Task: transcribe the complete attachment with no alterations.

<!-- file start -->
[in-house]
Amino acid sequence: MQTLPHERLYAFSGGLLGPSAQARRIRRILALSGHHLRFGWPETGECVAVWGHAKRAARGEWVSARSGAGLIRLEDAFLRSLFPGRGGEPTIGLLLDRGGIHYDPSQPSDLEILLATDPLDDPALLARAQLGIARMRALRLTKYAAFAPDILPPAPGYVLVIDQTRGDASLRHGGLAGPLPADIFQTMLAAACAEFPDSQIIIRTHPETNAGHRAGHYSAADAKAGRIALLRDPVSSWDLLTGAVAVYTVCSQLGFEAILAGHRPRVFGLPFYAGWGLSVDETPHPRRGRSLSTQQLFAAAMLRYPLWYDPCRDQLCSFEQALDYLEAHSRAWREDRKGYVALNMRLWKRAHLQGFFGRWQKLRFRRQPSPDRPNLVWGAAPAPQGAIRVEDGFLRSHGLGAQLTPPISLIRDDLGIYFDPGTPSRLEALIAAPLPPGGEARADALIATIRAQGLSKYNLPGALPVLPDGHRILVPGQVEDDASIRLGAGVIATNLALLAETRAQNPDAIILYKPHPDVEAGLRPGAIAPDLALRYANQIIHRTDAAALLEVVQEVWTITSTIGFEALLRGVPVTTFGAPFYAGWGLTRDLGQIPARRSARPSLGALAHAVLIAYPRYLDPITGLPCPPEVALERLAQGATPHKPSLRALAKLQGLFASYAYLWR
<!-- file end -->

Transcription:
[in-house]
Amino acid sequence: MQTLPHERLYAFSGGLLGPSAQARRIRRILALSGHHLRFGWPETGECVAVWGHAKRAARGEWVSARSGAGLIRLEDAFLRSLFPGRGGEPTIGLLLDRGGIHYDPSQPSDLEILLATDPLDDPALLARAQLGIARMRALRLTKYAAFAPDILPPAPGYVLVIDQTRGDASLRHGGLAGPLPADIFQTMLAAACAEFPDSQIIIRTHPETNAGHRAGHYSAADAKAGRIALLRDPVSSWDLLTGAVAVYTVCSQLGFEAILAGHRPRVFGLPFYAGWGLSVDETPHPRRGRSLSTQQLFAAAMLRYPLWYDPCRDQLCSFEQALDYLEAHSRAWREDRKGYVALNMRLWKRAHLQGFFGRWQKLRFRRQPSPDRPNLVWGAAPAPQGAIRVEDGFLRSHGLGAQLTPPISLIRDDLGIYFDPGTPSRLEALIAAPLPPGGEARADALIATIRAQGLSKYNLPGALPVLPDGHRILVPGQVEDDASIRLGAGVIATNLALLAETRAQNPDAIILYKPHPDVEAGLRPGAIAPDLALRYANQIIHRTDAAALLEVVQEVWTITSTIGFEALLRGVPVTTFGAPFYAGWGLTRDLGQIPARRSARPSLGALAHAVLIAYPRYLDPITGLPCPPEVALERLAQGATPHKPSLRALAKLQGLFASYAYLWR